Noughts and Crosses Behind a Dream Mare

Order of Australia | Breeders' Cup/Eclipse Sportswire


Now I do realise that I am in a minority of one here. But while everyone else seems to perceive some unique alchemy between Galileo (Ire) and Danehill, to me the number of good horses obtained by that cross is pretty much as you should expect when one breed-shaping stallion is mated with the daughters of another. After all, their dams will in turn have been well-bred and/or accomplished runners, simply to have gained access to an elite sire. If we call this “selective breeding”, we are surely flattering ourselves.

That said, it's easy to acknowledge an elementary logic in combining the trademark influences of their respective sires; in reuniting the crucial division of Northern Dancer's legacy between Sadler's Wells stamina and Danzig speed. Seeking the best of both worlds, speed that can be carried Classic distances, is the simplest grail of all. It seldom works out, mind you, and hardly ever to the epoch-making degree we saw in Frankel (GB) (Galileo {Ire}), the ultimate template for the cross.

Regardless, there's no arguing with the dividends achieved by John Magnier and his partners in Coolmore, who found themselves with paddocks full of Danehill mares just as Galileo was on the rise. And the model was eagerly adopted elsewhere.

The cross was back in focus last Saturday, after Ballydoyle's historic GI FanDuel Breeders' Cup Mile clean sweep. The winner, to general astonishment, was Order Of Australia (Ire)–by Galileo's son Australia (GB) out of a mare from the very last crop of Danehill. And runner-up Circus Maximus (Ire) is by Galileo himself out of a Danehill Dancer (Ire) mare. Third (and fastest) to finish, Lope Y Fernandez (Ire), represented a different sire-line but completed a distaff trifecta for Danehill and his daughters, as a son of Lope De Vega (Ire) out of a Dansili (GB) mare.

All three, unusually for Ballydoyle, were the work of breeders other than Coolmore, entering the stable either through partnership or auction purchase. Lope Y Fernandez, bred by SF Bloodstock, was recruited as a €900,000 Arqana August yearling; while Circus Maximus (Ire) was bred by co-owners Flaxman Stables. But the winner himself attested to the mastery of his supervision in a fashion still more instructive, perhaps, than this unprecedented Breeders' Cup 1-2-3.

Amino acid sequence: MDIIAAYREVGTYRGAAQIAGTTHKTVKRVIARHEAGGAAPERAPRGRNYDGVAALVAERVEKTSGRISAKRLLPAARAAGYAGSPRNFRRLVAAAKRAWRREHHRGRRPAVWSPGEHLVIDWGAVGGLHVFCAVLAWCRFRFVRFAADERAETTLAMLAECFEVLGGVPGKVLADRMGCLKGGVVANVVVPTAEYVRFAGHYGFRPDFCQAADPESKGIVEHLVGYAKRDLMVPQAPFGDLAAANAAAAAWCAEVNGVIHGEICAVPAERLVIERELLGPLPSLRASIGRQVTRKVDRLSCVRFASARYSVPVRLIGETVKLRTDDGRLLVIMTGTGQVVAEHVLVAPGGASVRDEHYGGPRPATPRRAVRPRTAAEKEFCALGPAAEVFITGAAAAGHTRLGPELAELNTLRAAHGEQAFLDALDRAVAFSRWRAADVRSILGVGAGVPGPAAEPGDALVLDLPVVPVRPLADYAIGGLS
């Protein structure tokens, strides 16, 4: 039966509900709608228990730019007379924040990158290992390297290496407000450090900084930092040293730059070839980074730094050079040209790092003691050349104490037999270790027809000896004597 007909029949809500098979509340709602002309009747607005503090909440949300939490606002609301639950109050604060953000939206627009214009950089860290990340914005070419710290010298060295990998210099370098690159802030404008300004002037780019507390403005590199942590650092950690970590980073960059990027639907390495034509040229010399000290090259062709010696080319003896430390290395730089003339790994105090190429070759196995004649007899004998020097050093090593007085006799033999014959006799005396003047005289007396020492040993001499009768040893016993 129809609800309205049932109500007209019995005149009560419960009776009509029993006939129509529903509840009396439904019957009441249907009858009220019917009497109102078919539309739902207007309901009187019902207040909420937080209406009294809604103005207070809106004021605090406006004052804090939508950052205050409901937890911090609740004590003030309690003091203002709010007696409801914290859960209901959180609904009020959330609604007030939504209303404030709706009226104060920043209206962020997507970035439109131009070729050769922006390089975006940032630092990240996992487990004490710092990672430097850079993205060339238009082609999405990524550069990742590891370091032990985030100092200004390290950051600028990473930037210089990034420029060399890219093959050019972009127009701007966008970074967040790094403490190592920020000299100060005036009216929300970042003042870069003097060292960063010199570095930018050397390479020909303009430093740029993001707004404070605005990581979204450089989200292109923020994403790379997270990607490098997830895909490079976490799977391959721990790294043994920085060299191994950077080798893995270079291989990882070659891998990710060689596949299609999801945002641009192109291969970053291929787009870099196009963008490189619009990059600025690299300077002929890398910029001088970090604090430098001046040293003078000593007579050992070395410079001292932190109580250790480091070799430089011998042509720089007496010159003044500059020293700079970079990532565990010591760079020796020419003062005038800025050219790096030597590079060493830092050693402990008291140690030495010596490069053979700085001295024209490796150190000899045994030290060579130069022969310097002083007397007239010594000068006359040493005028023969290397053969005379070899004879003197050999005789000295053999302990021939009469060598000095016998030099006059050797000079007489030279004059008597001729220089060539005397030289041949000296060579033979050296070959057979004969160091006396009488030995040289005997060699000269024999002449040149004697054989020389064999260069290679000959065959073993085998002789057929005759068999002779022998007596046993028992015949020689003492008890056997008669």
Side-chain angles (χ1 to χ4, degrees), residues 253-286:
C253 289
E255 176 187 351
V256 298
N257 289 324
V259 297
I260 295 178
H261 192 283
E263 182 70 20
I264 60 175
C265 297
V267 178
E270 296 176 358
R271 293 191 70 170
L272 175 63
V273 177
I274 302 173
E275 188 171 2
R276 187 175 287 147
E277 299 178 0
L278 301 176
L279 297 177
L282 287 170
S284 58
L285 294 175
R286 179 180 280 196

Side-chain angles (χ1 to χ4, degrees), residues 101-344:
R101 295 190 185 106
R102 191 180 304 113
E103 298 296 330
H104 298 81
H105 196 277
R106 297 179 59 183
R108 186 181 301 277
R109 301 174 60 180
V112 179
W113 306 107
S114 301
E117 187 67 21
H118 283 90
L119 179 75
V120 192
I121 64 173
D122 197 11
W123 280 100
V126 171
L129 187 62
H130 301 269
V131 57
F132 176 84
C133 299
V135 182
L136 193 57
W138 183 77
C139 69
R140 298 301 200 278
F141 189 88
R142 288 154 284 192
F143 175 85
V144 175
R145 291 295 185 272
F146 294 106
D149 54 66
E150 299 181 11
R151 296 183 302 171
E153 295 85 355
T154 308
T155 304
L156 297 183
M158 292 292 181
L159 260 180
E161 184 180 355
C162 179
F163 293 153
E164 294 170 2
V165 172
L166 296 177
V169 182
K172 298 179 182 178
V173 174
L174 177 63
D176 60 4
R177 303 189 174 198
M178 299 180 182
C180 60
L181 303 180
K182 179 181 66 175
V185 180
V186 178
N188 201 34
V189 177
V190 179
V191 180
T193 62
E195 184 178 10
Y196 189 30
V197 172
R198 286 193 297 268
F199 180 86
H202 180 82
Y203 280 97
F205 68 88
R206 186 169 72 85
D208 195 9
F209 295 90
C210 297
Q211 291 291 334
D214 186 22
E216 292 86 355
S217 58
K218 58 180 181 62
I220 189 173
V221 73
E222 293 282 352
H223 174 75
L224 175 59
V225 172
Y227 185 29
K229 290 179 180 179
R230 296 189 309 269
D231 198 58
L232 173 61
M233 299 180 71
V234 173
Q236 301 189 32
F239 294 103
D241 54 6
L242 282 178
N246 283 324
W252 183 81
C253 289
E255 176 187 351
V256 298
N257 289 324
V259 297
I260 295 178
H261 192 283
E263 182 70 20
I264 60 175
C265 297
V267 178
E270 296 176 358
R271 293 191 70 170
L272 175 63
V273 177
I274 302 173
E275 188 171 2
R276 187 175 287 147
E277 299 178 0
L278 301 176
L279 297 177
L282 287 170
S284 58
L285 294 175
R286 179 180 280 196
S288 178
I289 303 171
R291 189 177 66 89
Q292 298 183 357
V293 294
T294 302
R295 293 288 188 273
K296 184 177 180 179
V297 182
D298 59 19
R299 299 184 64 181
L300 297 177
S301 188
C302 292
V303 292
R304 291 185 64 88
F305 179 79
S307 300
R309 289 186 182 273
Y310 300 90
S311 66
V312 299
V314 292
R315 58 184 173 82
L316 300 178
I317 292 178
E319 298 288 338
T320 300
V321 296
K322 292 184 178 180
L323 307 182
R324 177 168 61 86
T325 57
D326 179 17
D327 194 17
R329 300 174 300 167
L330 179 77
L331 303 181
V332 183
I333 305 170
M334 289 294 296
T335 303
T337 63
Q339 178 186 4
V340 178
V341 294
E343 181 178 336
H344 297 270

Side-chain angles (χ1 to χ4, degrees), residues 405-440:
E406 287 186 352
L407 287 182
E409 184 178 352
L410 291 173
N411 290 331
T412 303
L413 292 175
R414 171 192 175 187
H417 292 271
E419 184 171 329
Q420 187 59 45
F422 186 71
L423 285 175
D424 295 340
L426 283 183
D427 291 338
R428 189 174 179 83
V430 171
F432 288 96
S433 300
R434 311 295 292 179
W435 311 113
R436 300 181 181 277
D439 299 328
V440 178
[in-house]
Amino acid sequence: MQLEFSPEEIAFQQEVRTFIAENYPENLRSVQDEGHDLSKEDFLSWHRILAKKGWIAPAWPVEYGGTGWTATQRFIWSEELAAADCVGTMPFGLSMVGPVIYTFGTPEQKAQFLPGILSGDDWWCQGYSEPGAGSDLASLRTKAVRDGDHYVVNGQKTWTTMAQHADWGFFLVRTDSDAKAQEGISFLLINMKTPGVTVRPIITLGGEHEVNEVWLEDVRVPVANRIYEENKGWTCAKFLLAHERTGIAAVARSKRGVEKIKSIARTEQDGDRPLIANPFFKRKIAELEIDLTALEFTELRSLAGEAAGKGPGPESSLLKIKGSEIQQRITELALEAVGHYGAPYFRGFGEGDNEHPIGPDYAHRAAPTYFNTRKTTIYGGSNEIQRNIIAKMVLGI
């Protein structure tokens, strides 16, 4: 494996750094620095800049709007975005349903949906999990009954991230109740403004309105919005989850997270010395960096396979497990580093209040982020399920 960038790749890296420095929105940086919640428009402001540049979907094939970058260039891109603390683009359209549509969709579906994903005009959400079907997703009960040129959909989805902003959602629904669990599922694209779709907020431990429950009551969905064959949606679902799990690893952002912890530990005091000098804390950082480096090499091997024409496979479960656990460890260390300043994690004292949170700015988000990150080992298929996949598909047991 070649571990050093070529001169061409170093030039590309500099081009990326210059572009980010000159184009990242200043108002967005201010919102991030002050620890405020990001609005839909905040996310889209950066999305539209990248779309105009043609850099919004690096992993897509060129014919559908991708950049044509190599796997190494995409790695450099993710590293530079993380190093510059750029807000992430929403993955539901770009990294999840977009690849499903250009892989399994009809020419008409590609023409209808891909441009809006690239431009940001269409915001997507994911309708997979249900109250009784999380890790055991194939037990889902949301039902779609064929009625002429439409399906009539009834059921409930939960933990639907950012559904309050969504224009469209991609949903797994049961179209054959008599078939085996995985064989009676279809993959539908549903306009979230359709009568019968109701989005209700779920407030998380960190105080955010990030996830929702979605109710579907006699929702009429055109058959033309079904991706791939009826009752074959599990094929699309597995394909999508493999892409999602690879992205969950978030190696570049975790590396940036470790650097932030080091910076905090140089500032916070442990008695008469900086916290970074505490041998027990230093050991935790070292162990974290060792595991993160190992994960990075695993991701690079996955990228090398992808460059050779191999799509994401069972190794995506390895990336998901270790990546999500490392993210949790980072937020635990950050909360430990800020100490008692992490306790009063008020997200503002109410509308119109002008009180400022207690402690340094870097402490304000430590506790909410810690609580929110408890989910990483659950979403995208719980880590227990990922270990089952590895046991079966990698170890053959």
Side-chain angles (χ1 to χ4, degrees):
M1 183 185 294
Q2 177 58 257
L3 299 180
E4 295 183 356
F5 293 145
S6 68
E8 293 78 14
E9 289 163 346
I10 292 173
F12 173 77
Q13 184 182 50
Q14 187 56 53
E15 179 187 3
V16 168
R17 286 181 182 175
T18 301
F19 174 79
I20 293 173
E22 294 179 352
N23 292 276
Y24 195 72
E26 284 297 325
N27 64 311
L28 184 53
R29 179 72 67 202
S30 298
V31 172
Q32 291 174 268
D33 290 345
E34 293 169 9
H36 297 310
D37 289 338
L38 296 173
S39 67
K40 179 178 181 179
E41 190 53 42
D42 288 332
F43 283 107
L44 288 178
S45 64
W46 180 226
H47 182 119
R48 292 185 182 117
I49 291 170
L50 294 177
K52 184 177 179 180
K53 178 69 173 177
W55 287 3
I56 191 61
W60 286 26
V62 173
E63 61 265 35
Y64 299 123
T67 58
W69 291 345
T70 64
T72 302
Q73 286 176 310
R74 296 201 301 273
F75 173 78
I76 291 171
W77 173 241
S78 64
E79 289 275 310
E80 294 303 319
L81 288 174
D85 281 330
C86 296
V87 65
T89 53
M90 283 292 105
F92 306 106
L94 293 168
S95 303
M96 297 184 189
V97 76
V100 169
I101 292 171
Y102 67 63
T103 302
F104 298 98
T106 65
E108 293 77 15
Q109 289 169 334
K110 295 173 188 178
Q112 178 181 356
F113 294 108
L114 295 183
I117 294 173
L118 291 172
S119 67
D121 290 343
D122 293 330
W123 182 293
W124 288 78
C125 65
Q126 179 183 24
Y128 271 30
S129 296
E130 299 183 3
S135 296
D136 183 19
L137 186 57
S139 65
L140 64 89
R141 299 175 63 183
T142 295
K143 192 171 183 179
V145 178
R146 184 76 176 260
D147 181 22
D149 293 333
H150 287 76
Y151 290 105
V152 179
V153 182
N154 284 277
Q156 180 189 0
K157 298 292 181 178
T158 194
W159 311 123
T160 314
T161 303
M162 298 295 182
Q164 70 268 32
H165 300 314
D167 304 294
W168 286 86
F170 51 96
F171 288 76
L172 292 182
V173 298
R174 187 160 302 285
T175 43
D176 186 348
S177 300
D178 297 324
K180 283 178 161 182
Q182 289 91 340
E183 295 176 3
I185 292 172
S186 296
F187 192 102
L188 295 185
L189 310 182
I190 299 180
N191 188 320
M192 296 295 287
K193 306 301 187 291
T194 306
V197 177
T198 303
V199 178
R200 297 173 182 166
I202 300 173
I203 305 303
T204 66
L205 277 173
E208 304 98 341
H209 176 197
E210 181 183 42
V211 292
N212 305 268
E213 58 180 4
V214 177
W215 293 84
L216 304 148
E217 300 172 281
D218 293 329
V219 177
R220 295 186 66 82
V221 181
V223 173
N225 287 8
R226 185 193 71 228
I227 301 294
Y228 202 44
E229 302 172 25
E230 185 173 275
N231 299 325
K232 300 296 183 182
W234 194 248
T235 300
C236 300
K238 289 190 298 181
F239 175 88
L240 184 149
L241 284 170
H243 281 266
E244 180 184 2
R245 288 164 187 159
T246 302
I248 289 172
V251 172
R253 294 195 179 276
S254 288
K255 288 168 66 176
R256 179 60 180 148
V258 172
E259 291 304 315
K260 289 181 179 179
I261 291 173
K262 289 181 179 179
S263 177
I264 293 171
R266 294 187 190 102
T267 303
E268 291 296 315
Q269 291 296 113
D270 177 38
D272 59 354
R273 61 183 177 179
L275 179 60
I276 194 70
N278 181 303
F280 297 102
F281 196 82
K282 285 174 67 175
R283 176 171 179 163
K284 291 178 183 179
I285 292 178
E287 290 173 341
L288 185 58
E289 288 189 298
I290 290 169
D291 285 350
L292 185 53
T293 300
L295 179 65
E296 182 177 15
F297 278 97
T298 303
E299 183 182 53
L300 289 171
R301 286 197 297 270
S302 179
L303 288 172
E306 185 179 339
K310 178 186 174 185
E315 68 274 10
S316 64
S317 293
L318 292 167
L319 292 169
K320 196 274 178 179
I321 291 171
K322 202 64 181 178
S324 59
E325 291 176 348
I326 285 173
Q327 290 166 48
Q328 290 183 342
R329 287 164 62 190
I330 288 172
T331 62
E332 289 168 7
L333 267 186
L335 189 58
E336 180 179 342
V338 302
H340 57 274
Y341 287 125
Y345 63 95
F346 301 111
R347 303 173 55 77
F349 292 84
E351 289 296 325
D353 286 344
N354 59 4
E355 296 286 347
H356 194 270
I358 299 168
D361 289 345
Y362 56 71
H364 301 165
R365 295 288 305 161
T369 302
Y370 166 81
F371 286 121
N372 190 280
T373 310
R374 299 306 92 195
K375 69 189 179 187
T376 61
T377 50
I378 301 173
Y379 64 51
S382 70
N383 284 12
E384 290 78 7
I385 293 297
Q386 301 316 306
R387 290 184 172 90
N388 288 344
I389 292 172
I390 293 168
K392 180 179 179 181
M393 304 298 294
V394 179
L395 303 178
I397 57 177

For Order Of Australia is a half-brother to Iridessa (Ire) (Ruler Of The World), who won her fourth elite prize in the GI Filly and Mare Turf at Santa Anita last year. And both were bred by Aidan O'Brien and his wife Annemarie, herself a remarkable horsewoman, from a mare that cost just 14,000gns. (In the case of Iridessa, of course, their accomplishments extended to having also bred and raised the trainer, their son Joseph.)

Senta's Dream (GB) was presumably added to the O'Briens' Whisperview Trading broodmare band primarily because, as just noted, she belonged to that final crop of Danehill. (Along with the likes of Peeping Fawn, Holy Roman Emperor (Ire) and Duke Of Marmalade (Ire)… Gosh, the champ really was still in his pomp!)

While necessarily only part-time breeders, horse people as devoted and inspired as the O'Briens could never treat Whisperview as a mere pastime. With their access to so many different stallions “made” by Aidan, their customary professionalism has duly reaped many dividends besides Senta's Dream. With Annemarie's late father, the hugely respected Joe Crowley, the O'Briens co-bred Danehill's record-breaking son Rock Of Gibraltar (Ire); and have since produced such Group 1 winners as Kingbarns (Ire) (Galileo {Ire}), Beethoven (Ire) (Oratorio {Ire}) and the Fastnet Rock (Aus) pair Intricately (Ire) and Qualify (Ire). But the way they have realised the potential latent in Senta's Dream represents a new peak.

The Breeders' Cup is in the mare's blood, as she is one of just two foals–and the only daughter–delivered by Starine (Fr) (Mendocino), who preceded Iridessa on the Filly and Mare Turf roll of honour by 17 years. Starine, however, had such a plain pedigree that Bobby Frankel was unable to find an owner when he imported her from France, and ended up racing her in the silks of one R.J. Frankel. He had the last laugh, cashing her in for $1 million to Newsells Park Stud at the Keeneland November Sale straight after the Breeders' Cup.

Starine was all that salvaged her sire from oblivion. A son of Theatrical (Ire), Mendocino did win a small stakes race in France for owner-breeder Allen Paulson but his eligibility for stud presumably rested on the fact that his dam was by Caro (Ire) out of a half-sister to Exclusive Native. As a result, the mating that produced Starine did yield one conspicuous feature in a 3×3 presence for Caro, whose son Kaldoun (Fr) had sired her dam. But by the time Starine won at Arlington Park, her sire had mustered 61 foals across eight crops and just half a dozen other winners. Nor was there the least distinction in the past two or three generations of Starine's maternal family.

Yet by the time the yearling Senta's Dream was sent to Deauville in August, the death of both her illustrious parents had made her appear worth retaining at €300,000. After failing to make the track, however, her first foals made little impact either in the ring or at the races and she was culled as a 9-year-old for 14,000gns, the docket signed by BBA Ireland, at the Tattersalls December Sale of 2013.

Her new owners were quick to turn around her fortunes. Even the Equiano (Fr) filly she was carrying at the time was processed as a yearling for €92,000. (Now six, Tisa River (Ire) resurfaces as lot 1680 in the forthcoming Tattersalls December Sale.) And while Senta's Dream appears to have missed the following year, her 2015 assignment with Ruler Of The World would give that luckless stallion–who suffered an untimely injury during his first covering season–the outstanding achievement to date, in Iridessa, of a career he is now pursuing in France.